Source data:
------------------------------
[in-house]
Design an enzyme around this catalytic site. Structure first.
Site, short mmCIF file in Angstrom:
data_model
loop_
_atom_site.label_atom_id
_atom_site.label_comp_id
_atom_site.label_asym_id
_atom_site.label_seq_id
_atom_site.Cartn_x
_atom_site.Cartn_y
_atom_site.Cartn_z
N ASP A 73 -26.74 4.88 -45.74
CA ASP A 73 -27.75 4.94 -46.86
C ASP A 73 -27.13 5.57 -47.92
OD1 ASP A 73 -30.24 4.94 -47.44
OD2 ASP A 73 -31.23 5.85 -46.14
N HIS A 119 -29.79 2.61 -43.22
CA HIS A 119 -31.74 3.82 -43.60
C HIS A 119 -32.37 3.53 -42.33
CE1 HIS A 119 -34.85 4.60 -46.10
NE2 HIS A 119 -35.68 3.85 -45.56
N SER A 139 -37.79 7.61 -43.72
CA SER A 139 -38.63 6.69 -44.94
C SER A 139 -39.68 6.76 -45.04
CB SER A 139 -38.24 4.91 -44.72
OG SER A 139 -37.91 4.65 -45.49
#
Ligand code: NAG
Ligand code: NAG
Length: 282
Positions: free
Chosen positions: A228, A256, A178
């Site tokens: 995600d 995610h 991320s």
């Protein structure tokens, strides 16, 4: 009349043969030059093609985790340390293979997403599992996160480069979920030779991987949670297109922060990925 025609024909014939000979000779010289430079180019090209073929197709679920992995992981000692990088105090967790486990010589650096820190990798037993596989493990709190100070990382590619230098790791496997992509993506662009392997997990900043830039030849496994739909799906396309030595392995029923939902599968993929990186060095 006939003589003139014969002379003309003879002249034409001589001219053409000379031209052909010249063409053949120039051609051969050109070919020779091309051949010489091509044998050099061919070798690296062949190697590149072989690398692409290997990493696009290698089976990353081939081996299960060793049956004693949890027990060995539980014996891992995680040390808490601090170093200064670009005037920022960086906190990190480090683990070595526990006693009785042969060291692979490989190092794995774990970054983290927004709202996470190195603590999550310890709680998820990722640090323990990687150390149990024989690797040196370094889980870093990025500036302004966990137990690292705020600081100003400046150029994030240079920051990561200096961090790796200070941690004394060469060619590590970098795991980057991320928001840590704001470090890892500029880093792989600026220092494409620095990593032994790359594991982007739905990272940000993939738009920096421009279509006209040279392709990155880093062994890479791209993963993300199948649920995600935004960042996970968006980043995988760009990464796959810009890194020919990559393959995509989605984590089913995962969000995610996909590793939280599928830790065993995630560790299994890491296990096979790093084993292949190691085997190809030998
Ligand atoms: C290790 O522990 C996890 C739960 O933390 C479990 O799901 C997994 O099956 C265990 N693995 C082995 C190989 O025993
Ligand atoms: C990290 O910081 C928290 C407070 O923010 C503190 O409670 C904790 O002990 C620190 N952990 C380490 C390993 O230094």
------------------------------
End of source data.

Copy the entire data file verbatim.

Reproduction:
[in-house]
Design an enzyme around this catalytic site. Structure first.
Site, short mmCIF file in Angstrom:
data_model
loop_
_atom_site.label_atom_id
_atom_site.label_comp_id
_atom_site.label_asym_id
_atom_site.label_seq_id
_atom_site.Cartn_x
_atom_site.Cartn_y
_atom_site.Cartn_z
N ASP A 73 -26.74 4.88 -45.74
CA ASP A 73 -27.75 4.94 -46.86
C ASP A 73 -27.13 5.57 -47.92
OD1 ASP A 73 -30.24 4.94 -47.44
OD2 ASP A 73 -31.23 5.85 -46.14
N HIS A 119 -29.79 2.61 -43.22
CA HIS A 119 -31.74 3.82 -43.60
C HIS A 119 -32.37 3.53 -42.33
CE1 HIS A 119 -34.85 4.60 -46.10
NE2 HIS A 119 -35.68 3.85 -45.56
N SER A 139 -37.79 7.61 -43.72
CA SER A 139 -38.63 6.69 -44.94
C SER A 139 -39.68 6.76 -45.04
CB SER A 139 -38.24 4.91 -44.72
OG SER A 139 -37.91 4.65 -45.49
#
Ligand code: NAG
Ligand code: NAG
Length: 282
Positions: free
Chosen positions: A228, A256, A178
């Site tokens: 995600d 995610h 991320s």
């Protein structure tokens, strides 16, 4: 009349043969030059093609985790340390293979997403599992996160480069979920030779991987949670297109922060990925 025609024909014939000979000779010289430079180019090209073929197709679920992995992981000692990088105090967790486990010589650096820190990798037993596989493990709190100070990382590619230098790791496997992509993506662009392997997990900043830039030849496994739909799906396309030595392995029923939902599968993929990186060095 006939003589003139014969002379003309003879002249034409001589001219053409000379031209052909010249063409053949120039051609051969050109070919020779091309051949010489091509044998050099061919070798690296062949190697590149072989690398692409290997990493696009290698089976990353081939081996299960060793049956004693949890027990060995539980014996891992995680040390808490601090170093200064670009005037920022960086906190990190480090683990070595526990006693009785042969060291692979490989190092794995774990970054983290927004709202996470190195603590999550310890709680998820990722640090323990990687150390149990024989690797040196370094889980870093990025500036302004966990137990690292705020600081100003400046150029994030240079920051990561200096961090790796200070941690004394060469060619590590970098795991980057991320928001840590704001470090890892500029880093792989600026220092494409620095990593032994790359594991982007739905990272940000993939738009920096421009279509006209040279392709990155880093062994890479791209993963993300199948649920995600935004960042996970968006980043995988760009990464796959810009890194020919990559393959995509989605984590089913995962969000995610996909590793939280599928830790065993995630560790299994890491296990096979790093084993292949190691085997190809030998
Ligand atoms: C290790 O522990 C996890 C739960 O933390 C479990 O799901 C997994 O099956 C265990 N693995 C082995 C190989 O025993
Ligand atoms: C990290 O910081 C928290 C407070 O923010 C503190 O409670 C904790 O002990 C620190 N952990 C380490 C390993 O230094």